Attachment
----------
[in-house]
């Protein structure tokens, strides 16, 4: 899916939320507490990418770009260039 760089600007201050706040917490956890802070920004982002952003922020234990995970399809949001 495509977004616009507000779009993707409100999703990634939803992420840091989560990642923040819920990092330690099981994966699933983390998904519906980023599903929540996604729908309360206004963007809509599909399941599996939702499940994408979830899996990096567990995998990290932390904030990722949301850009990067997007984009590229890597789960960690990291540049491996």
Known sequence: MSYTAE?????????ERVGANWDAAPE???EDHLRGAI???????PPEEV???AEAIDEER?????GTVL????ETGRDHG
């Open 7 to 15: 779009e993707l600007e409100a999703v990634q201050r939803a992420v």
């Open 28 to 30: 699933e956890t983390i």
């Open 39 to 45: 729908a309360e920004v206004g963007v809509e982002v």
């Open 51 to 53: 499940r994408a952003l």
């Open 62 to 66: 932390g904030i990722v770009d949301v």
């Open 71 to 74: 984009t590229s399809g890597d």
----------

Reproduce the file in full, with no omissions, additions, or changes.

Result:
[in-house]
């Protein structure tokens, strides 16, 4: 899916939320507490990418770009260039 760089600007201050706040917490956890802070920004982002952003922020234990995970399809949001 495509977004616009507000779009993707409100999703990634939803992420840091989560990642923040819920990092330690099981994966699933983390998904519906980023599903929540996604729908309360206004963007809509599909399941599996939702499940994408979830899996990096567990995998990290932390904030990722949301850009990067997007984009590229890597789960960690990291540049491996």
Known sequence: MSYTAE?????????ERVGANWDAAPE???EDHLRGAI???????PPEEV???AEAIDEER?????GTVL????ETGRDHG
């Open 7 to 15: 779009e993707l600007e409100a999703v990634q201050r939803a992420v």
């Open 28 to 30: 699933e956890t983390i």
């Open 39 to 45: 729908a309360e920004v206004g963007v809509e982002v």
């Open 51 to 53: 499940r994408a952003l």
């Open 62 to 66: 932390g904030i990722v770009d949301v």
């Open 71 to 74: 984009t590229s399809g890597d």